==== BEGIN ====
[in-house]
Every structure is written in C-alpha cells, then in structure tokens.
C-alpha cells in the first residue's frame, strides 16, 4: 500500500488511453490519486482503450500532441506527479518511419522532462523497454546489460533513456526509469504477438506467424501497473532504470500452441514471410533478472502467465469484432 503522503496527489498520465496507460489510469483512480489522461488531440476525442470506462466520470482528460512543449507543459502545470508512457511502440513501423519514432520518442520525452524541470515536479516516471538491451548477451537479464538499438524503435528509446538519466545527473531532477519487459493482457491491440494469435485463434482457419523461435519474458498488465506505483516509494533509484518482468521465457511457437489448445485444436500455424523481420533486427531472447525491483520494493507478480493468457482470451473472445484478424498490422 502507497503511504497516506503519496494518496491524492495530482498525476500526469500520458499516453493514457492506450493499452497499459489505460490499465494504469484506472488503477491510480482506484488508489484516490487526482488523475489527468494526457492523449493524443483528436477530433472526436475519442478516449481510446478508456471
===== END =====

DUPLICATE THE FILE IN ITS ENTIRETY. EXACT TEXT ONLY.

[in-house]
Every structure is written in C-alpha cells, then in structure tokens.
C-alpha cells in the first residue's frame, strides 16, 4: 500500500488511453490519486482503450500532441506527479518511419522532462523497454546489460533513456526509469504477438506467424501497473532504470500452441514471410533478472502467465469484432 503522503496527489498520465496507460489510469483512480489522461488531440476525442470506462466520470482528460512543449507543459502545470508512457511502440513501423519514432520518442520525452524541470515536479516516471538491451548477451537479464538499438524503435528509446538519466545527473531532477519487459493482457491491440494469435485463434482457419523461435519474458498488465506505483516509494533509484518482468521465457511457437489448445485444436500455424523481420533486427531472447525491483520494493507478480493468457482470451473472445484478424498490422 502507497503511504497516506503519496494518496491524492495530482498525476500526469500520458499516453493514457492506450493499452497499459489505460490499465494504469484506472488503477491510480482506484488508489484516490487526482488523475489527468494526457492523449493524443483528436477530433472526436475519442478516449481510446478508456471